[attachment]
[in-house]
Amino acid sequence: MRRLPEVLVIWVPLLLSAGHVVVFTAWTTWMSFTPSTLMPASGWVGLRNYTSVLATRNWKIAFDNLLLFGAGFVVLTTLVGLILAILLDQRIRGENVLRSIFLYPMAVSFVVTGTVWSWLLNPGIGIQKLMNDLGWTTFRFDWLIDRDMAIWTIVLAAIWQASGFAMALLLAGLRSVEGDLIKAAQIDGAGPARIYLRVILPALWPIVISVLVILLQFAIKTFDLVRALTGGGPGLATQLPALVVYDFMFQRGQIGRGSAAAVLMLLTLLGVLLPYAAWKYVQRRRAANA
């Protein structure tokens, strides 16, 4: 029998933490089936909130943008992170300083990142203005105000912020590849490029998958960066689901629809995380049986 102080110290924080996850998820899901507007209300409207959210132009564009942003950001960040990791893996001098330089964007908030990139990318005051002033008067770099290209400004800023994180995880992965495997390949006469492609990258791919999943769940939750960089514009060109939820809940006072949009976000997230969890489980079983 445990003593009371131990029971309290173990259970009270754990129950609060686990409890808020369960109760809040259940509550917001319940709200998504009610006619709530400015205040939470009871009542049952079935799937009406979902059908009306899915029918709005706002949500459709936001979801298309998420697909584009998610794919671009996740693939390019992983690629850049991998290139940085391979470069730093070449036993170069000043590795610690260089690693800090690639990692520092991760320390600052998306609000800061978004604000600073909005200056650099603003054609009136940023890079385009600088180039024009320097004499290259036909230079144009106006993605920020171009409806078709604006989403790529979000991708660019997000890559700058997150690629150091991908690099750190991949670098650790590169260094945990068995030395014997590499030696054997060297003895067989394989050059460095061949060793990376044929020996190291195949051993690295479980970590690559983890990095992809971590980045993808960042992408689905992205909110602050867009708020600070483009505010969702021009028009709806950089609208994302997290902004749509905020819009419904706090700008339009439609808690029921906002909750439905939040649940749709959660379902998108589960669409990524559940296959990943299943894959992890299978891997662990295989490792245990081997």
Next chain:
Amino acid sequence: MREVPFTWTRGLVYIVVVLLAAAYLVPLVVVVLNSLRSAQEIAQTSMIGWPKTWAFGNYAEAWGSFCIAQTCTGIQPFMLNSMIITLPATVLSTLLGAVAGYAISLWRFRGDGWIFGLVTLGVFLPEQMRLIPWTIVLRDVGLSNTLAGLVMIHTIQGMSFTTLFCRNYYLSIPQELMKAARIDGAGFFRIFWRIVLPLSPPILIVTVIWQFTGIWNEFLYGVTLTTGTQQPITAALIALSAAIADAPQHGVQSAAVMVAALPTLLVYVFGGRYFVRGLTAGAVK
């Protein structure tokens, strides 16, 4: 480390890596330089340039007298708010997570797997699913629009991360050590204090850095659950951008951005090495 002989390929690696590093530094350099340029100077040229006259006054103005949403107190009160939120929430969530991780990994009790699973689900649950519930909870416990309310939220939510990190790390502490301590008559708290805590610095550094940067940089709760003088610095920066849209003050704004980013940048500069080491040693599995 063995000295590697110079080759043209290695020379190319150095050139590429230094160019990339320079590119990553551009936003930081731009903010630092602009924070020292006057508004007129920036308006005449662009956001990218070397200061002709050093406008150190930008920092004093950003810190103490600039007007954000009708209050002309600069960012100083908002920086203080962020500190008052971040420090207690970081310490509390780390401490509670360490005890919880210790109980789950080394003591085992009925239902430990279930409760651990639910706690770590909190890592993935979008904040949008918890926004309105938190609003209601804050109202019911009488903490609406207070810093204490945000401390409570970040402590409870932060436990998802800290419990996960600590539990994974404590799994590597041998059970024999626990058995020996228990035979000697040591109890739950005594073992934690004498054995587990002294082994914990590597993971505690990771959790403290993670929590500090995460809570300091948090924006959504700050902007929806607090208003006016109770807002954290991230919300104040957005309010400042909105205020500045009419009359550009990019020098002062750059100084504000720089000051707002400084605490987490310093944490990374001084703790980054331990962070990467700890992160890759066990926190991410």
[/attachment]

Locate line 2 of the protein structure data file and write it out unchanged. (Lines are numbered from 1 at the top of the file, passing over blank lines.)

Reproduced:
Amino acid sequence: MRRLPEVLVIWVPLLLSAGHVVVFTAWTTWMSFTPSTLMPASGWVGLRNYTSVLATRNWKIAFDNLLLFGAGFVVLTTLVGLILAILLDQRIRGENVLRSIFLYPMAVSFVVTGTVWSWLLNPGIGIQKLMNDLGWTTFRFDWLIDRDMAIWTIVLAAIWQASGFAMALLLAGLRSVEGDLIKAAQIDGAGPARIYLRVILPALWPIVISVLVILLQFAIKTFDLVRALTGGGPGLATQLPALVVYDFMFQRGQIGRGSAAAVLMLLTLLGVLLPYAAWKYVQRRRAANA